I guess B&I doesn't allow html tags. Here is the link to McGrath's review of Brodie's work. http://www.patheos.com/blogs/exploringourmatrix/2013/02/review-of-thomas-brodie-beyond-the-quest-for-the-historical-jesus.html All eight paragraphs.
#17 - Mark Erickson - 03/27/2014 - 23:03



Dear James,

you write: "Casey may well be wrong about things, and he certainly does not always reflect the scholarly consensus in his volume Jesus: Evidence and Argument or Mythicist Myths? But he is not a fool."

Given the mistreatment, the misrepresentation and the misunderstanding Casey has offered in his recent book about the work of Thompson, Lemche and, most bizarrely, myself--which stands closer to libel and propaganda than to proper scholarship--he at least can be accused of writing foolishly, which does not live up to his previous reputation as a scholar. I'm pretty sure Thompson, Lemche and myself have never written that Jesus never existed. I for one wrote in my one and only paper on the matter that there are epistemological problems for historical reconstruction of an ancient individual--pretty standard procedure in professional history circles. I can say then only a fool would consider that 'mythicism'.

Emanuel Pfoh
#18 - Emanuel Pfoh - 03/28/2014 - 10:24



I would like to echo Paul E's remarks above. Also to press for rather more definition of what you have to say to be a Mythicist.
#19 - Martin Hughes - 03/28/2014 - 11:49



As a followup to Emanuel Phoh's comment above, let's not ignore Casey's dubious portrayals of non-scholars, too, such as myself and no doubt others. Like Emanuel Pfoh, neither have I ever written anything arguing a case that there was no historical Jesus but have always addressed problems and questions of methodology in this context; but worse, Casey's psychoanalysis of me and his interpretations of narrowly selected parts of my personal history are nothing short of misrepresentations.

It is also instructive, I think, to see that Dr McGrath has since found time to talk about the responses here on his own blog site, and there he dismisses most of the commentary here with the complaint that it coming from "mythicists". Who of the commentators here he continues to identify as mythicists I do not know.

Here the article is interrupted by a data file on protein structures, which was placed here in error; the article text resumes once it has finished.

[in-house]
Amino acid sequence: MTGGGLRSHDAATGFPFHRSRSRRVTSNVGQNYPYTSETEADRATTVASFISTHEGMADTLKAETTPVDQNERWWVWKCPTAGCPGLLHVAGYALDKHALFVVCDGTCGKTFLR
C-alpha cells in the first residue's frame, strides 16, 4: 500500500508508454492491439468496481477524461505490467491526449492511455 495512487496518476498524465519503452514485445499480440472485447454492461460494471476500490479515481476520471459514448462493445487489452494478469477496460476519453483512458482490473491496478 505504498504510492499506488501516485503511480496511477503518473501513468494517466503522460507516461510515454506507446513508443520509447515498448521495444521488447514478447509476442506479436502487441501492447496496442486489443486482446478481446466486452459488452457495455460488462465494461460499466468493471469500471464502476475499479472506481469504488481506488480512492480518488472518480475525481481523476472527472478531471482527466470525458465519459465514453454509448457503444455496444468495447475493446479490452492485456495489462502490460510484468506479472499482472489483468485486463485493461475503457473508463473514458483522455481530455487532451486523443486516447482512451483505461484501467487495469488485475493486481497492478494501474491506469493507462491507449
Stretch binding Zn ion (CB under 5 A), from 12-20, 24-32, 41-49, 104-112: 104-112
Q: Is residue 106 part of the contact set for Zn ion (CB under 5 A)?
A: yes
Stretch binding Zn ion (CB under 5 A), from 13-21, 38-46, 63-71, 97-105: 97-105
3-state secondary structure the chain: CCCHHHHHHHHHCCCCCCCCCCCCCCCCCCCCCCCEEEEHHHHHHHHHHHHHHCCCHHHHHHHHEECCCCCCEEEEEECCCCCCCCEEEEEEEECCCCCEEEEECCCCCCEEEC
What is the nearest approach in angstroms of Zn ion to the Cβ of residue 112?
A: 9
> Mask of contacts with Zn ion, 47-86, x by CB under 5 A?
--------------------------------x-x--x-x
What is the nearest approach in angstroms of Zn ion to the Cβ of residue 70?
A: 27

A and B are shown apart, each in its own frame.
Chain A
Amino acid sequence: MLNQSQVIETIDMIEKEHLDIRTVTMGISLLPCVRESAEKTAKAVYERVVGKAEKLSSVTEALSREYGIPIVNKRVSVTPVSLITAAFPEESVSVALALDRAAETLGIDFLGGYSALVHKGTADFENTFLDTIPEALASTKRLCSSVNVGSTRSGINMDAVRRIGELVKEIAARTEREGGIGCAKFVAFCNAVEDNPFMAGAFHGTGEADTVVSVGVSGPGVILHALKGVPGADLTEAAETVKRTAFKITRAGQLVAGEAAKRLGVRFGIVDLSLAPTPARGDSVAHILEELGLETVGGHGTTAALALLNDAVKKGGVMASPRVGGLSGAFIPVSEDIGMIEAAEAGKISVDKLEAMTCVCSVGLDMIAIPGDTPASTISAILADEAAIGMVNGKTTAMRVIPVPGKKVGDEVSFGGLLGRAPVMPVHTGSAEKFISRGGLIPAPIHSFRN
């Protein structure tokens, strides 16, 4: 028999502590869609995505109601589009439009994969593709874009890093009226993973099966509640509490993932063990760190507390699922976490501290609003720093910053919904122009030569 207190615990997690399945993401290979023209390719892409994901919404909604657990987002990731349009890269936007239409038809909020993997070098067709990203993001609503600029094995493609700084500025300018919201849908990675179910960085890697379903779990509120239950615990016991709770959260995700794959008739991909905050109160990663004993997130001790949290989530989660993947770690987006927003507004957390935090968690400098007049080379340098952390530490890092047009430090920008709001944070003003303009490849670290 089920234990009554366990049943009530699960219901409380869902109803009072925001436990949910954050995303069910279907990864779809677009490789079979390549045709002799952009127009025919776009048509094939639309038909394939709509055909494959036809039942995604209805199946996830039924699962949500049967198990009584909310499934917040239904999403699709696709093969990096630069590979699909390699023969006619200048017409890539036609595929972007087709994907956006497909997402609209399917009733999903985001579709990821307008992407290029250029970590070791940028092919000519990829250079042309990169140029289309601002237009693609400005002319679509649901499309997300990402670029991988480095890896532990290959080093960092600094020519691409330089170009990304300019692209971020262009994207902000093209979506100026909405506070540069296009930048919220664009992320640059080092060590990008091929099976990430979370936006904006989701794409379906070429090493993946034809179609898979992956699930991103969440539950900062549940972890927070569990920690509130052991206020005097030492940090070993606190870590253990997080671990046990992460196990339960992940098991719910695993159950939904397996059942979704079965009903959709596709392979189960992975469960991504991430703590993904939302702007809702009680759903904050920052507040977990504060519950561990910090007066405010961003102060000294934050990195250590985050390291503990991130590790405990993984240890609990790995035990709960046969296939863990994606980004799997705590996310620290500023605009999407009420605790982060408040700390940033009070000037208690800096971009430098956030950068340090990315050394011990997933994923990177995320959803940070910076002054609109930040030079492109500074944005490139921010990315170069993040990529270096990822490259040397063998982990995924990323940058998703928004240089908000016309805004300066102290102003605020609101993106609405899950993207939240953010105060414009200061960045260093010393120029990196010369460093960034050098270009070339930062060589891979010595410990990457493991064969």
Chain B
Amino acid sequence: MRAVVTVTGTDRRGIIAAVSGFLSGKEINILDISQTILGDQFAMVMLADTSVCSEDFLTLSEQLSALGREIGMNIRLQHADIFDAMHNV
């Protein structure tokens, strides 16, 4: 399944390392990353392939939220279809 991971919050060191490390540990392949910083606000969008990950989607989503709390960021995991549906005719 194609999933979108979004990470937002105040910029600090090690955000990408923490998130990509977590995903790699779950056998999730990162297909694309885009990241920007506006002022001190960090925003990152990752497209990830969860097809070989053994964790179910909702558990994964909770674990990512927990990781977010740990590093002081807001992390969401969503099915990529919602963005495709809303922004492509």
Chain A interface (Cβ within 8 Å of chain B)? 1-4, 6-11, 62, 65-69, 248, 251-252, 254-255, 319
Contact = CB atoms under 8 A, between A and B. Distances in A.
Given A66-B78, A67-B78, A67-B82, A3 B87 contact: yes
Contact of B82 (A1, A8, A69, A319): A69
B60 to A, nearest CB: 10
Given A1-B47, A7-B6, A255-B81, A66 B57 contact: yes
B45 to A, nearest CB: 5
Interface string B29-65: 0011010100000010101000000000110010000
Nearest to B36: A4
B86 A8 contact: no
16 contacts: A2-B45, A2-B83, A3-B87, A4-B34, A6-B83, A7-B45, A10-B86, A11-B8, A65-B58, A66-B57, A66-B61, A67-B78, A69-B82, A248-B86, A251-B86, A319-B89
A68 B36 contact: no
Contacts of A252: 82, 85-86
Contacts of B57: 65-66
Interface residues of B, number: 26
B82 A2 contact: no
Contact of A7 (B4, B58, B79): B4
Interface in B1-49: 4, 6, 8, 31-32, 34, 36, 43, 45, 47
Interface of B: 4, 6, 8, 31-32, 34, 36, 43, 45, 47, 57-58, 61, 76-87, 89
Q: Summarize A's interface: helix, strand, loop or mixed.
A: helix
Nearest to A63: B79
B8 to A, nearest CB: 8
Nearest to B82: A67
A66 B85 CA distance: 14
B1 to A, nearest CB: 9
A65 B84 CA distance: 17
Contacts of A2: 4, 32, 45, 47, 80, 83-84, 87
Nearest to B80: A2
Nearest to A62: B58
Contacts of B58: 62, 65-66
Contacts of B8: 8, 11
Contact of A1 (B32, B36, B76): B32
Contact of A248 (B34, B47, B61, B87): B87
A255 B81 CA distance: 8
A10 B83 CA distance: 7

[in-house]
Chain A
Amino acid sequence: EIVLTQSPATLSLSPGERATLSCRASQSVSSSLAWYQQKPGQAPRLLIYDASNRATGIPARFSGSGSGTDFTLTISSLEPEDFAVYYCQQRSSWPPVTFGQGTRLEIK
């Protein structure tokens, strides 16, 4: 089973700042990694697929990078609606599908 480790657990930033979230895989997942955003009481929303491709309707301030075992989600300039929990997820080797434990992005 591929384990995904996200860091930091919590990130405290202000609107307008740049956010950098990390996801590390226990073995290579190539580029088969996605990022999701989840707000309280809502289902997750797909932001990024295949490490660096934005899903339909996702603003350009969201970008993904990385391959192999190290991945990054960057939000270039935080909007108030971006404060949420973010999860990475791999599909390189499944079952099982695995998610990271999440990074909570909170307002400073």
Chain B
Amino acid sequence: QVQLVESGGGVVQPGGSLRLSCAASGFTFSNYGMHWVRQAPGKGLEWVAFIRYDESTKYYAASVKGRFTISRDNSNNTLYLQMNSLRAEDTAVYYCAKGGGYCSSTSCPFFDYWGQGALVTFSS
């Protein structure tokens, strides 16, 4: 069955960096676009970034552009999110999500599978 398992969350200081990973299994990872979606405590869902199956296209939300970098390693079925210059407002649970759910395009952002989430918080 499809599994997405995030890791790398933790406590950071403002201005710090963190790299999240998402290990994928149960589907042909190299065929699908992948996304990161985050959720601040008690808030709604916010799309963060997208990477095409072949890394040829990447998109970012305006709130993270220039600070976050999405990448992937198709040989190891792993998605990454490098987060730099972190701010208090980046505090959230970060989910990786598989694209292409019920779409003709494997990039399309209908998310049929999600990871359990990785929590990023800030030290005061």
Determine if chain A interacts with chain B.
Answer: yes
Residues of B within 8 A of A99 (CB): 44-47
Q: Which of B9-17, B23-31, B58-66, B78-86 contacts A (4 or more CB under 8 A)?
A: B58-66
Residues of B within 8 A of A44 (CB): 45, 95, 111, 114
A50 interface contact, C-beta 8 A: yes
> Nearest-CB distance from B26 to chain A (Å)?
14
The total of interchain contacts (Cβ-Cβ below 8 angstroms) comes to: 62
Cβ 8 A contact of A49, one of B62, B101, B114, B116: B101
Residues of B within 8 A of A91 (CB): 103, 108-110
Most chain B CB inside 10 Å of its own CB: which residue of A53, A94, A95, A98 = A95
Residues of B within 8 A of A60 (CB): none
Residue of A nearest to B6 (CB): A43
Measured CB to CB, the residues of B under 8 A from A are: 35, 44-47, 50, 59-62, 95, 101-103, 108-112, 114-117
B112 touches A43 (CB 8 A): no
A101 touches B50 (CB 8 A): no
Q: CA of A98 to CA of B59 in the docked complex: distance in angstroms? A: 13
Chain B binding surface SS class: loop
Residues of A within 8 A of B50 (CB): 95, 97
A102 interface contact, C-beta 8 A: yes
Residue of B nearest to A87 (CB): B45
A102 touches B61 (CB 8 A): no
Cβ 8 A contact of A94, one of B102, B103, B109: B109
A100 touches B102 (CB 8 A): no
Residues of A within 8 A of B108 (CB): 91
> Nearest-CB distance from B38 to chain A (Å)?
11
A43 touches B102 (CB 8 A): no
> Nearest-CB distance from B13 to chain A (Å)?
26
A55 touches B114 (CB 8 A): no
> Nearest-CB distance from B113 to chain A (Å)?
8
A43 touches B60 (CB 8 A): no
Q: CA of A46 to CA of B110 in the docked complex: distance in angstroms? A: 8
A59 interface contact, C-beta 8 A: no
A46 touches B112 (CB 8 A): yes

#20 - Neil Godfrey - 03/28/2014 - 20:05



Did anyone else not catch the irony wherein one devotes one’s time to writing/delivering an article/SBL paper in which he throws out the strongly worded salvo:
But when it comes to the mythicism proffered by people whose knowledge of relevant languages, historical texts, ancient cultures, and other such data is minimal or non-existent, and whose works consist only of web pages and self-published books, scholars are under no obligation to waste their valuable time on such matters any more than on the countless other topics which web sites and self-published books address, and which a quick perusal shows to be bunk.
If, in McGrath’s view, the mythicist methodology/result is one of conspiracy and bunk, why waste his valuable time? Why commit ad hominem arguments against Bob Price when his skepticism about climate change is certainly allowed by ‘academic freedom’? By the way, Newton believed in alchemy, Gödel believed in ghosts; do we drop from our understanding their accomplishments simply because of these silly ideas. The scholarly consensus in the days of Fred Hoyle viewed Penrose and Hawking with suspicion. Do we no longer read them? I simply don’t understand the marginalizing tone of McGrath’s academia. But for the most part, how banal this article appears to me…
Timothy Bagley – Denver, Colorado
#21 - Timothy Bagley - 03/28/2014 - 20:18